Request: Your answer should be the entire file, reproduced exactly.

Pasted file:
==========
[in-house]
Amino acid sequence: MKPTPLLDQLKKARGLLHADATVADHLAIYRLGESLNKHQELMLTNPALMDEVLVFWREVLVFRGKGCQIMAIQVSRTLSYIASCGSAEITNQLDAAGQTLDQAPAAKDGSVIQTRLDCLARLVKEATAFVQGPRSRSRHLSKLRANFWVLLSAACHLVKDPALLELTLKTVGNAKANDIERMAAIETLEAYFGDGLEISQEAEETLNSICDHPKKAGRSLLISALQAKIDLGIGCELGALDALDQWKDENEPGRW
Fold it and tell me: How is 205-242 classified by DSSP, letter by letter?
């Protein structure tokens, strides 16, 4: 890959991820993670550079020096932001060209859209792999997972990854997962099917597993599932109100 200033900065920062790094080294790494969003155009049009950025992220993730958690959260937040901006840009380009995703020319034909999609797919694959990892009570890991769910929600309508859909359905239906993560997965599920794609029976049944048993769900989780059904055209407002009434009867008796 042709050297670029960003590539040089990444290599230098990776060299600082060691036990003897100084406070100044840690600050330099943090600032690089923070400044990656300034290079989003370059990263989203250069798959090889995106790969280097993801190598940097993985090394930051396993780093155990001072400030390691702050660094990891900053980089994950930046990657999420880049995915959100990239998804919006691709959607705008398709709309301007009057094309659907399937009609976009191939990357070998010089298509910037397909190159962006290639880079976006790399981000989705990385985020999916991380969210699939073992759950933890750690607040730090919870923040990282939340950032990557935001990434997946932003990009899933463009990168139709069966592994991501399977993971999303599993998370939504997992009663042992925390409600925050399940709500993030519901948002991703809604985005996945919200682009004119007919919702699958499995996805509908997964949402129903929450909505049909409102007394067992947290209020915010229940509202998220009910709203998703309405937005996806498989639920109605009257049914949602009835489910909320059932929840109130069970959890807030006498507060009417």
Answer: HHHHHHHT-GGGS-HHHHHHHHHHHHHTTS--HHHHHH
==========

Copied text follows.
[in-house]
Amino acid sequence: MKPTPLLDQLKKARGLLHADATVADHLAIYRLGESLNKHQELMLTNPALMDEVLVFWREVLVFRGKGCQIMAIQVSRTLSYIASCGSAEITNQLDAAGQTLDQAPAAKDGSVIQTRLDCLARLVKEATAFVQGPRSRSRHLSKLRANFWVLLSAACHLVKDPALLELTLKTVGNAKANDIERMAAIETLEAYFGDGLEISQEAEETLNSICDHPKKAGRSLLISALQAKIDLGIGCELGALDALDQWKDENEPGRW
Fold it and tell me: How is 205-242 classified by DSSP, letter by letter?
């Protein structure tokens, strides 16, 4: 890959991820993670550079020096932001060209859209792999997972990854997962099917597993599932109100 200033900065920062790094080294790494969003155009049009950025992220993730958690959260937040901006840009380009995703020319034909999609797919694959990892009570890991769910929600309508859909359905239906993560997965599920794609029976049944048993769900989780059904055209407002009434009867008796 042709050297670029960003590539040089990444290599230098990776060299600082060691036990003897100084406070100044840690600050330099943090600032690089923070400044990656300034290079989003370059990263989203250069798959090889995106790969280097993801190598940097993985090394930051396993780093155990001072400030390691702050660094990891900053980089994950930046990657999420880049995915959100990239998804919006691709959607705008398709709309301007009057094309659907399937009609976009191939990357070998010089298509910037397909190159962006290639880079976006790399981000989705990385985020999916991380969210699939073992759950933890750690607040730090919870923040990282939340950032990557935001990434997946932003990009899933463009990168139709069966592994991501399977993971999303599993998370939504997992009663042992925390409600925050399940709500993030519901948002991703809604985005996945919200682009004119007919919702699958499995996805509908997964949402129903929450909505049909409102007394067992947290209020915010229940509202998220009910709203998703309405937005996806498989639920109605009257049914949602009835489910909320059932929840109130069970959890807030006498507060009417």
Answer: HHHHHHHT-GGGS-HHHHHHHHHHHHHTTS--HHHHHH